Hyperfiltration may play a role in the development of diabetic nephropathy. African-American patients with diabetes have more than a fourfold increase in end-stage renal disease. The purpose of this study is to evaluate the impact of hyperfiltration on renal function in African-American patients with type 2 diabetes.


Renal function of 194 African-American patients with diagnosed type 2 diabetes from 1 month to 36 years was assessed by studies of isotopic glomerular filtration rate (GFR), serum creatinine, creatinine clearance, and 24-h urinary albumin excretion rates. Thirty-four patients with a duration of diagnosed type 2 diabetes from 1 month to 10 years were found to have hyperfiltration (GFR ≥140 ml · min−1 · 1.73 min2). Fifteen of these patients received longitudinal follow-up of renal function for as long as 15 years after the initial study.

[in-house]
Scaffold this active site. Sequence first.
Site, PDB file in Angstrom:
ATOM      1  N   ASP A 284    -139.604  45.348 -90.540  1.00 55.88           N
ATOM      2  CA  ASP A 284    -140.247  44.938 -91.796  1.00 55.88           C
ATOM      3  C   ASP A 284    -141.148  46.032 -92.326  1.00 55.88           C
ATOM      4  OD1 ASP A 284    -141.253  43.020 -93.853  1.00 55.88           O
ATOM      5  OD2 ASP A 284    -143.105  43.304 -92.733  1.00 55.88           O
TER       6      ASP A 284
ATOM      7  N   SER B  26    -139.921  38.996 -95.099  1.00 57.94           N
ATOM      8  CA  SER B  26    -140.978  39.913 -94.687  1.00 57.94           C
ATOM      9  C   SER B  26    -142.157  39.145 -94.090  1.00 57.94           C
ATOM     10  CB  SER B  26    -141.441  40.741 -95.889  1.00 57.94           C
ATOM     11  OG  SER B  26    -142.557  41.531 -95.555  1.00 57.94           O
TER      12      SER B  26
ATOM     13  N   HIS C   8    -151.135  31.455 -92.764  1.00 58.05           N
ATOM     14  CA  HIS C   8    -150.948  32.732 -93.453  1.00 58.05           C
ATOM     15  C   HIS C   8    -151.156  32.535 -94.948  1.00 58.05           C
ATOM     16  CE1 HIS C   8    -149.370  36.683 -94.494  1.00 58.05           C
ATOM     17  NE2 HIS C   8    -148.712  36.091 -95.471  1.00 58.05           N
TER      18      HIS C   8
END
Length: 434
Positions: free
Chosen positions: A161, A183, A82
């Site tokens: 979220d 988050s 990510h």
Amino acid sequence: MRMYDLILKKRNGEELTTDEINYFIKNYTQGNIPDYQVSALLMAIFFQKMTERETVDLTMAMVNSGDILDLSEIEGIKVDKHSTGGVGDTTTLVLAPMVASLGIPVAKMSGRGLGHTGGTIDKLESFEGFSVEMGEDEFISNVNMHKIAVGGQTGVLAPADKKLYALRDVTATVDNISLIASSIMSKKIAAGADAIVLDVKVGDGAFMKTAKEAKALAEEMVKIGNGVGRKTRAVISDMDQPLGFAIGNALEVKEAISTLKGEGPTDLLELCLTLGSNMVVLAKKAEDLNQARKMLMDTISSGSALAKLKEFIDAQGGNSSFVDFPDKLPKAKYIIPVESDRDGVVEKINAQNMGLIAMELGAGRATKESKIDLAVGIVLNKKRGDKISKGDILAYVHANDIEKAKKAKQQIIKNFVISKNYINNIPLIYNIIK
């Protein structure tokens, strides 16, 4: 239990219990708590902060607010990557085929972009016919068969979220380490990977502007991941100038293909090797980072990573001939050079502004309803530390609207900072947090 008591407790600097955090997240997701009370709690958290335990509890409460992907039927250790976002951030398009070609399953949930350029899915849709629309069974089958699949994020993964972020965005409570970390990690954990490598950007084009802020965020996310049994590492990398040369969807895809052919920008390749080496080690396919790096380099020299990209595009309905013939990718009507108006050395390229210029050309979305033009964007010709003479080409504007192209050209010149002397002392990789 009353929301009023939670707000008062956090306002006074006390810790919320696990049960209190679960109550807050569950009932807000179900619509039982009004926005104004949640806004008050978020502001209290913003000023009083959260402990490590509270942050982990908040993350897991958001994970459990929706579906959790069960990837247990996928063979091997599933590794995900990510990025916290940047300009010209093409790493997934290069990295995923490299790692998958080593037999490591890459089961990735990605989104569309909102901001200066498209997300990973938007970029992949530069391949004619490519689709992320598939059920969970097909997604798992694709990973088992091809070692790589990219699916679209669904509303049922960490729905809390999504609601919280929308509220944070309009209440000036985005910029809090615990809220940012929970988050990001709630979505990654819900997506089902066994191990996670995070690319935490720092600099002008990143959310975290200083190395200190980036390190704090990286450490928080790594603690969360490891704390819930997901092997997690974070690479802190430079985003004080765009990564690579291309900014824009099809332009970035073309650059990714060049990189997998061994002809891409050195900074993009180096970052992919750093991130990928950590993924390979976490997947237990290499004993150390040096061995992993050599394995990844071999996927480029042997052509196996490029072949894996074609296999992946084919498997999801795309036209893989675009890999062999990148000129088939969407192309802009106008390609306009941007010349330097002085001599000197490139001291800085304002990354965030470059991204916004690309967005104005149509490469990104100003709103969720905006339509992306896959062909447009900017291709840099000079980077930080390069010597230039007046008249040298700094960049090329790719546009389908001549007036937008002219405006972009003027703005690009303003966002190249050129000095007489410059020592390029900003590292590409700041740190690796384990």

Hyperfiltration is present in 15 (36%) of 42 patients whose duration of diagnosed type 2 diabetes is <1 year, and it persists for up to 10 years in 14–20% of patients with diagnosed type 2 diabetes. Patients with hyperfiltration are younger than their counterparts without hyperfiltration when matched for duration of diagnosed diabetes. When followed over time, those patients with hyperfiltration were not more likely to develop impaired renal function as measured by GFR or creatinine clearance.


Hyperfiltration does not identify patients at risk for deterioration in renal function

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